Researchers have discovered that three commonly used nonsteroidal anti-inflammatory drugs, or NSAIDs, alter the activity of enzymes within cell membranes. Their finding suggests that, if taken at higher-than-approved doses and/or for long periods of time, these prescription-level NSAIDs and other drugs that affect the membrane may produce wide-ranging and unwanted side effects. [More]
Highlights from the August issue of Mayo Clinic Health Letter

Highlights from the August issue of Mayo Clinic Health Letter

Here are highlights from the August issue of Mayo Clinic Health Letter. You may cite this publication as often as you wish. Reprinting is allowed for a fee. Mayo Clinic Health Letter attribution is required. [More]
Researchers shed light on the dual action of aspirin

Researchers shed light on the dual action of aspirin

Hugely popular non-steroidal anti-inflammation drugs like aspirin, naproxen (marketed as Aleve) and ibuprofen (Advil, Motrin) all work by inhibiting or killing an enzyme called cyclooxygenase - a key catalyst in production of hormone-like lipid compounds called prostaglandins that are linked to a variety of ailments, from headaches and arthritis to menstrual cramps and wound sepsis. [More]
Rheumatologic diseases can initially present as neurological disorders, delay diagnosis for many months

Rheumatologic diseases can initially present as neurological disorders, delay diagnosis for many months

Lupus and other rheumatologic diseases can initially present as neurological disorders such as headaches and seizures, and thus delay diagnosis for many months, according to Loyola University Medical Center neurologists. [More]
Recurrence of breast cancer cut by ½ in overweight women who regularly use NSAIDs

Recurrence of breast cancer cut by ½ in overweight women who regularly use NSAIDs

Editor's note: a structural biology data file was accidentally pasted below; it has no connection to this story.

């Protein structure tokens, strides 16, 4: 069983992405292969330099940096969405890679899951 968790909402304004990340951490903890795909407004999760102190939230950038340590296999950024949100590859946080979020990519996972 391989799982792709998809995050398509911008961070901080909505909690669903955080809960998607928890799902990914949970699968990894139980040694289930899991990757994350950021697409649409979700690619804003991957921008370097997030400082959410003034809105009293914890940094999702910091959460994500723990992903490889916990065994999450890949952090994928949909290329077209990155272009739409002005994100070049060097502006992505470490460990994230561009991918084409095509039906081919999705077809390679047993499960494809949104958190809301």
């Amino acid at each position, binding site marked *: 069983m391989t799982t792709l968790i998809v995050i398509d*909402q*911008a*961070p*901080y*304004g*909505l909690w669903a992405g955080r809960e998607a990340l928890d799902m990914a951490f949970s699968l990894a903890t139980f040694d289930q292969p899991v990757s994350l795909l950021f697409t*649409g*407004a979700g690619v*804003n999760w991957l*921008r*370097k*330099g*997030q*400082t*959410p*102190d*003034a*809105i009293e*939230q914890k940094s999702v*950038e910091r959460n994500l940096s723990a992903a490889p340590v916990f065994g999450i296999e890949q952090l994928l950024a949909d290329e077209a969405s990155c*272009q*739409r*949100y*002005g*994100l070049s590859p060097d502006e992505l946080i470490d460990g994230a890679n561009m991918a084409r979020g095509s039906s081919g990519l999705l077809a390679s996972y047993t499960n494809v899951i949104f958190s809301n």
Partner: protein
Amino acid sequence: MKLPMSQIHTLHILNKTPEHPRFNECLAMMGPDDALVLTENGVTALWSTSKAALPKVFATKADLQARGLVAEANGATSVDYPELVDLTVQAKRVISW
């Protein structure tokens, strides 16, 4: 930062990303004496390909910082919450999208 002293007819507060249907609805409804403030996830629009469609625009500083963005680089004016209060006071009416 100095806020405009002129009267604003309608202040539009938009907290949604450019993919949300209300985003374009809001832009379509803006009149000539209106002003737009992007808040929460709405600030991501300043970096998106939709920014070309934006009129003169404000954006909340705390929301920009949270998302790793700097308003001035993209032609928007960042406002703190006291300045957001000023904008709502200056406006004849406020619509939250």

Recurrence of hormone-related breast cancer was cut by half in overweight and obese women who regularly used aspirin or other nonsteroidal anti-inflammatory drugs (NSAIDs), according to data published in Cancer Research, a journal of the American Association for Cancer Research. [More]
LUHS study explores ways to effectively treat pregnancy-related pelvic pain

LUHS study explores ways to effectively treat pregnancy-related pelvic pain

Aches and pains are common during pregnancy, yet many women dismiss them as a normal part of carrying a baby. [More]
Research hopes to protect hundreds of newborns from severe health problems by protein in milk

Research hopes to protect hundreds of newborns from severe health problems by protein in milk

An international effort led by the University of Sydney hopes to protect hundreds of Bangladeshi newborns from a host of severe health problems by assessing the effect of lactoferrin, a natural protein found in breast and cow's milk, in the treatment of iron deficiency anemia in pregnancy. [More]
Dermatologist warns about safety of children's skin care products

Dermatologist warns about safety of children's skin care products

Before the advent of Internet search engines, parents obtained much of their medical advice from their child's doctor. [More]
Study focuses on benefits of human milk for sick newborns

Study focuses on benefits of human milk for sick newborns

Human milk is infant food, but for sick, hospitalized babies, it's also medicine. That's the central premise of a series of articles in a neonatal nursing journal's special issue focused on human milk for sick newborns. [More]
UCSF study: Acute psychological stress promotes healing in mouse models of different skin irritations

UCSF study: Acute psychological stress promotes healing in mouse models of different skin irritations

Brief, acute psychological stress promoted healing in mouse models of three different types of skin irritations, in a study led by UC San Francisco researchers. [More]